China's currency continues to pose problems to the U.S. economy. Last month a group known as the "China Currency Coalition" filed a Section 301 petition with the U.S. government, charging that the Chinese were taking unfair trade advantage of the U.S. by undervaluing their currency, the yuan. Originally, AMT — The
Association For Manufacturing Technology had been a part of that coalition; however, AMT decided that filing would be counterproductive and chose to split from the group.
For the past year, I have explained the problems created by China's undervalued currency, which is pegged by the Chinese government at as much as 40% below what its freely traded value would be. The Chinese government set the value of the yuan at approximately 8.25 to the dollar in 1994 and has fiercely defended it at that fixed level for the past 10 yr, despite the spectacular growth (averaging more than 9%/yr) and strength of the Chinese economy during those years. The front-line of this defense consisted of the Chinese government buying more than $450 billion — one-third the value of China's current GDP — over that period, thereby ensuring the low yuan valuation.
This economic-defense policy has quickly transformed China into an attractive platform from which to export goods around the world, and, consequently, a highly attractive country in which to invest.
It is not an accident that China passed the U.S. in machine tool consumption in 2002, and, two years later, has achieved nearly twice the U.S.-consumption level. In addition to the artificially cheap currency, China has positioned itself as an appealing investment option, with various incentives backed by a surprisingly friendly and efficient bureaucracy and regulatory structure.
Unsurprisingly, as a result the Chinese economy has overheated, causing commodity shortages, among other things. The speculative bubble of recent years has also weakened many Chinese banks, and, fearing financial collapse, the Chinese government is reluctant to take any significant remedial action. To exacerbate the situation, China does not have a central bank similar to our Federal Reserve, whose job has been described as "taking away the punchbowl after the party gets going."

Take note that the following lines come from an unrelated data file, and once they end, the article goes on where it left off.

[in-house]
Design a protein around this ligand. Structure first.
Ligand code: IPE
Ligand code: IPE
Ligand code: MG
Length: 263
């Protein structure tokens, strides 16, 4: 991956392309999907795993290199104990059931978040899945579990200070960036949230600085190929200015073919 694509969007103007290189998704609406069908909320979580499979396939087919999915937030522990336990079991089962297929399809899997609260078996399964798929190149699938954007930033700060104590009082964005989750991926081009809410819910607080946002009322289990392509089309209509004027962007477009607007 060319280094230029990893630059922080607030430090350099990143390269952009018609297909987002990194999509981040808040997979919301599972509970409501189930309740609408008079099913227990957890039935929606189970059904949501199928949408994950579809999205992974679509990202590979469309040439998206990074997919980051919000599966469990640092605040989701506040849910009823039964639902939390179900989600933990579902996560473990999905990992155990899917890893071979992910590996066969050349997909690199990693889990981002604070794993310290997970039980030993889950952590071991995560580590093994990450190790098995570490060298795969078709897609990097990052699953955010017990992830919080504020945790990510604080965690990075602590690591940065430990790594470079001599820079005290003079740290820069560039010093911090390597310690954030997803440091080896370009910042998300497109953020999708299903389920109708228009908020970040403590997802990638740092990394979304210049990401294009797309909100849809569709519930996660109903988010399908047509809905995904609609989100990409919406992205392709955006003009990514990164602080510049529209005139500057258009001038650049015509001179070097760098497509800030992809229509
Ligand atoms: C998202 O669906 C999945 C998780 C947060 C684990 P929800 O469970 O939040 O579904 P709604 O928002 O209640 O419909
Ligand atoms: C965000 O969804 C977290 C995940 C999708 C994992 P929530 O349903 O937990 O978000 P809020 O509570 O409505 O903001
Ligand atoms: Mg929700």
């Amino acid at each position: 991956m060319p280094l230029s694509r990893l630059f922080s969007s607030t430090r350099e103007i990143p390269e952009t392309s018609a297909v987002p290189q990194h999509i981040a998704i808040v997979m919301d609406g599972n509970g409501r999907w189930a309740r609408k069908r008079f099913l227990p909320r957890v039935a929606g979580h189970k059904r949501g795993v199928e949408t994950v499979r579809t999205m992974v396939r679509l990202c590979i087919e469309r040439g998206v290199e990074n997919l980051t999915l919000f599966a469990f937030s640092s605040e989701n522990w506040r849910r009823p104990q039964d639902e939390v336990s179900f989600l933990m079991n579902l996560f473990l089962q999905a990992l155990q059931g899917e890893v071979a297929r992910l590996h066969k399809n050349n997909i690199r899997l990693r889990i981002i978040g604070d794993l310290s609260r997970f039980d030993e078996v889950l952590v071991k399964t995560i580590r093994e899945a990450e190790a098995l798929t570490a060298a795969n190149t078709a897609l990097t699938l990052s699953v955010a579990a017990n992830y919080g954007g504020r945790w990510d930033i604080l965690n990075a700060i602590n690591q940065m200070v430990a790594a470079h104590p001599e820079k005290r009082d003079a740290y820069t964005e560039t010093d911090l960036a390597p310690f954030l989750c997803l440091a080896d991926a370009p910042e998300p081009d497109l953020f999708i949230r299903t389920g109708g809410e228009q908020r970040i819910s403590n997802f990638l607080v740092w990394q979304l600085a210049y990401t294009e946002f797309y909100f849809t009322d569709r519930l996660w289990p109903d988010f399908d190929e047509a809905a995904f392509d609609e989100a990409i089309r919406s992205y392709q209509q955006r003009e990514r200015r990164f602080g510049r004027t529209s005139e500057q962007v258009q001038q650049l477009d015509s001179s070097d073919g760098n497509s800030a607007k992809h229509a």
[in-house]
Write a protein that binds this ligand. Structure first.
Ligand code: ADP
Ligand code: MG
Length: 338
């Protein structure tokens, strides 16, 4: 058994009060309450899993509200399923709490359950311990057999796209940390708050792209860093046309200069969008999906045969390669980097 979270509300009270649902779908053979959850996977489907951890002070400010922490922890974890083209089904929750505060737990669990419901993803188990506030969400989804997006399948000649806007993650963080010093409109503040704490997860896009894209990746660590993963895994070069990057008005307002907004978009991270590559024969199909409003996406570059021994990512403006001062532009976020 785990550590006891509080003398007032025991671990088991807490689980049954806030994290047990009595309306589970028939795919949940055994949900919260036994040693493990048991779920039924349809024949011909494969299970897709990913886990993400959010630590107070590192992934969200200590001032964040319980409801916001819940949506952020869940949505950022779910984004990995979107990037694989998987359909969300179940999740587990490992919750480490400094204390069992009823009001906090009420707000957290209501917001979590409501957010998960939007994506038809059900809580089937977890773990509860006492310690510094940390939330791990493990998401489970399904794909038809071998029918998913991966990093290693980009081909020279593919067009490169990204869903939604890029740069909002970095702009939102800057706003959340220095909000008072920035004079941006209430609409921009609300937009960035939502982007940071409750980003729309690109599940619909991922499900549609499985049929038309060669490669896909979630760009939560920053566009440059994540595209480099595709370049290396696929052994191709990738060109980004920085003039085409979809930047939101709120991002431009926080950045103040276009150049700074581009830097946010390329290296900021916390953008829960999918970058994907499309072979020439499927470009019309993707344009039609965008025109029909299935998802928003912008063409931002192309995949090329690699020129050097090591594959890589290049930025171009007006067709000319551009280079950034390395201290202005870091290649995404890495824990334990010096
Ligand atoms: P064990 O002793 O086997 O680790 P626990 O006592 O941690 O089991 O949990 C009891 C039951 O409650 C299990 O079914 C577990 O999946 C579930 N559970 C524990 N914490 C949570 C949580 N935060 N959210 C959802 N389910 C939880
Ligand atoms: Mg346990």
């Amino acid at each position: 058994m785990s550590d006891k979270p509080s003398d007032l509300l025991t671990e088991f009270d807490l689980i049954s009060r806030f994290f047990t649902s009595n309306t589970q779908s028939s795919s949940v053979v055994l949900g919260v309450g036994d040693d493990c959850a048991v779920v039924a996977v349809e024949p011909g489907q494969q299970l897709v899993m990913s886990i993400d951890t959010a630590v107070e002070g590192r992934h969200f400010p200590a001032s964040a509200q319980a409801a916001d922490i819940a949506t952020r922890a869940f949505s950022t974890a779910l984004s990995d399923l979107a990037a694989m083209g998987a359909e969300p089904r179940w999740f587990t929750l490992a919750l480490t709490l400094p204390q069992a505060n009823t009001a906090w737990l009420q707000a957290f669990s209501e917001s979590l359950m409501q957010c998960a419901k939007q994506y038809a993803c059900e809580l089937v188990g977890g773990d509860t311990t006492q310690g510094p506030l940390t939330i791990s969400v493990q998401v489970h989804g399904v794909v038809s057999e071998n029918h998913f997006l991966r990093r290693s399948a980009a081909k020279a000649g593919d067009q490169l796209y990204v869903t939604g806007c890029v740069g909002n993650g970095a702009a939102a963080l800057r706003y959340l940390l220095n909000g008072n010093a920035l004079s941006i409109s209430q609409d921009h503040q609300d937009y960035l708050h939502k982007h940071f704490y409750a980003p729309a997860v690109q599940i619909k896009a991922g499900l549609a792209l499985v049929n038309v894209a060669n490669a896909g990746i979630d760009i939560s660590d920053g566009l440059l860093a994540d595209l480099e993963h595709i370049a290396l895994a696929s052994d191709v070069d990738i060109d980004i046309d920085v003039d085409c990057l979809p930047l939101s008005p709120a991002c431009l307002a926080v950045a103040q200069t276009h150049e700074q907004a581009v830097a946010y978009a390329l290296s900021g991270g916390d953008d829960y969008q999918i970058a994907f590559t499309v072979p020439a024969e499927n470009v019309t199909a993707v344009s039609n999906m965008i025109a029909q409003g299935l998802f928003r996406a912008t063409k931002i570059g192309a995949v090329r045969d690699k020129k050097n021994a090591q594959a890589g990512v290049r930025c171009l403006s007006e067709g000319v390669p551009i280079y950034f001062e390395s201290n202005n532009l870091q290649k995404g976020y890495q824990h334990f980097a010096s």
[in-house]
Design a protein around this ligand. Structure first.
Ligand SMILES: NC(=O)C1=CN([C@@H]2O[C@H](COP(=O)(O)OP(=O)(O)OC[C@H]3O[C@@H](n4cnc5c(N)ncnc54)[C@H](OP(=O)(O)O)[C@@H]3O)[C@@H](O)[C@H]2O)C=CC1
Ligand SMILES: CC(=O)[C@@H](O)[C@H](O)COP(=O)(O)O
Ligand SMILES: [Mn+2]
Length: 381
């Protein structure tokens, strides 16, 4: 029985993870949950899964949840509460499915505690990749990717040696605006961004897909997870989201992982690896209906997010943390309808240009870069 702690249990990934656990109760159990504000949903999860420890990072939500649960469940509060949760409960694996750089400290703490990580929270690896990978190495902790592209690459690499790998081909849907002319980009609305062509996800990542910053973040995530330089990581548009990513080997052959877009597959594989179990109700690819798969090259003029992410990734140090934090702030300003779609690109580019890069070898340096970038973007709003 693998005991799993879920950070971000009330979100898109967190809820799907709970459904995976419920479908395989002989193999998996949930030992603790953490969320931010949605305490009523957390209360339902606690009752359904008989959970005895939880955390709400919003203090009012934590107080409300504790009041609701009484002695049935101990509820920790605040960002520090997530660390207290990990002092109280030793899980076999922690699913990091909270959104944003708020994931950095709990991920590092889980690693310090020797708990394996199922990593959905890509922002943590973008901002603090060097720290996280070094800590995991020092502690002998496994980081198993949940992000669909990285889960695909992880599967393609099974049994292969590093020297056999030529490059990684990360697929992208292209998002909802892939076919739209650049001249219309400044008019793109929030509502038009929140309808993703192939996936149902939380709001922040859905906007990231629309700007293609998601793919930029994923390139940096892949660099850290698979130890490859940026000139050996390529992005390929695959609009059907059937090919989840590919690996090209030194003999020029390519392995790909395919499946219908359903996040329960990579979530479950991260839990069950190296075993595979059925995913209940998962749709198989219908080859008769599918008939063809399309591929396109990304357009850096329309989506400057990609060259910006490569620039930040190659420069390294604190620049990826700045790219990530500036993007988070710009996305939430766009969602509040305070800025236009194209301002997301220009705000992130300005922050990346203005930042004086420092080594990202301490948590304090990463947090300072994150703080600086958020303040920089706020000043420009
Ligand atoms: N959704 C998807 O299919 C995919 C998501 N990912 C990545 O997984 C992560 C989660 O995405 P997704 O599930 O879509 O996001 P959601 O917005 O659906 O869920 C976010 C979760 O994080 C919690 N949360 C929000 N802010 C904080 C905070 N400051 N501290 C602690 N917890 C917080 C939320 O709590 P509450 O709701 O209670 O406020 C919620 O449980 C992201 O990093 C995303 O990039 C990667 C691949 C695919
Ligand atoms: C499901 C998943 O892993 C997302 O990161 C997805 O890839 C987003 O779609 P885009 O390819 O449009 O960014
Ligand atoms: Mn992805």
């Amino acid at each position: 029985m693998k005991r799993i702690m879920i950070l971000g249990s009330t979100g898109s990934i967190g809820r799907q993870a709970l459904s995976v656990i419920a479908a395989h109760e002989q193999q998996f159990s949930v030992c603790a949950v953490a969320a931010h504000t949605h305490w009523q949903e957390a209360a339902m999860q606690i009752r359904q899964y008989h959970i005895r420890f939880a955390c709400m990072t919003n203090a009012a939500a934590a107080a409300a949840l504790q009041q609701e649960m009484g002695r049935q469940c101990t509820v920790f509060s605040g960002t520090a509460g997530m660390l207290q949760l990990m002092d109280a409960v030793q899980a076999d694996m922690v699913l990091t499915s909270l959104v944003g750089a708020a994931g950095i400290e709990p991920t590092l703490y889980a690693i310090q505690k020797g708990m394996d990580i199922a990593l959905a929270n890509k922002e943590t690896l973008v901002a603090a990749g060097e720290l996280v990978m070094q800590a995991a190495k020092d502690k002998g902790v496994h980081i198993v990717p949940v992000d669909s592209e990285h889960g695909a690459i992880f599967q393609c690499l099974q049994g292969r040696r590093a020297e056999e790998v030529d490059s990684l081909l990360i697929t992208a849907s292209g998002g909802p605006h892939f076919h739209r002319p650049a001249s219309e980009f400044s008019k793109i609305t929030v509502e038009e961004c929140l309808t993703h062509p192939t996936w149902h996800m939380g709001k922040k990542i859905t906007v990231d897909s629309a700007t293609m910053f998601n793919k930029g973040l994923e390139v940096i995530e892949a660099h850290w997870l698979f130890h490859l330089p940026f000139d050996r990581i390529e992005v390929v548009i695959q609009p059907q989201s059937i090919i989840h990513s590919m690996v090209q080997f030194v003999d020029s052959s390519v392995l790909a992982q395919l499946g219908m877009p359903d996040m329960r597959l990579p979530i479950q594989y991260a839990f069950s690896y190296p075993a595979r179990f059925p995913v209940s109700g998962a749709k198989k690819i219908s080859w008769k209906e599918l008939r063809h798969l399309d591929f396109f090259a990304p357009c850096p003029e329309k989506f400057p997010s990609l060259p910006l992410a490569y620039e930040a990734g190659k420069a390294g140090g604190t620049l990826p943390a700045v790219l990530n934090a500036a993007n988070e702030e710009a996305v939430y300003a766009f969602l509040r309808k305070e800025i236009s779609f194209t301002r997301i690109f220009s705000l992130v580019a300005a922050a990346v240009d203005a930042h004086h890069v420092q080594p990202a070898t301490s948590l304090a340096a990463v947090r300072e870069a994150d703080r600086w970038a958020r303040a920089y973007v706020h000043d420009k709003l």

In this atmosphere, the original coalition — of which AMT was a member — wanted to pressure the Chinese into doing the right thing. Upon learning of the coalition's plans to file a Section 301 petition, the U.S. Treasury warned that any Section 301 unfair trade petitions related to the Chinese currency would be rejected. After much debate, the China Currency Coalition split, with one group deciding that pressure was the only way to galvanize the Chinese to action. That group filed its petition in early September and, true to its word, the Bush Administration immediately rejected it.
Where do we go from here? Although AMT was not a part of the coalition that chose to file the most recent Section 301 petition, we strongly believe that a Chinese currency revaluation is essential to both the U.S. and the Chinese economies. However, we heeded the U.S. government's threat to reject the petition, seeing no reason for meaningless gestures. Moreover, attempting to file the petition — with the Presidential election only months away — could have possibly served to politicize the issue.
While AMT believes that this is a bipartisan issue, we will continue our efforts to convince the Bush Administration that the China currency-valuation issue is the most pressing trade issue our nation faces. And while confrontation has not proved to be an effective tactic, this does not mean we will not continue to speak out on an issue so vital to our industry and the world economy.
By Dr. Paul Freedenberg Vice President Government Relations AMT The Association For Manufacturing Technology
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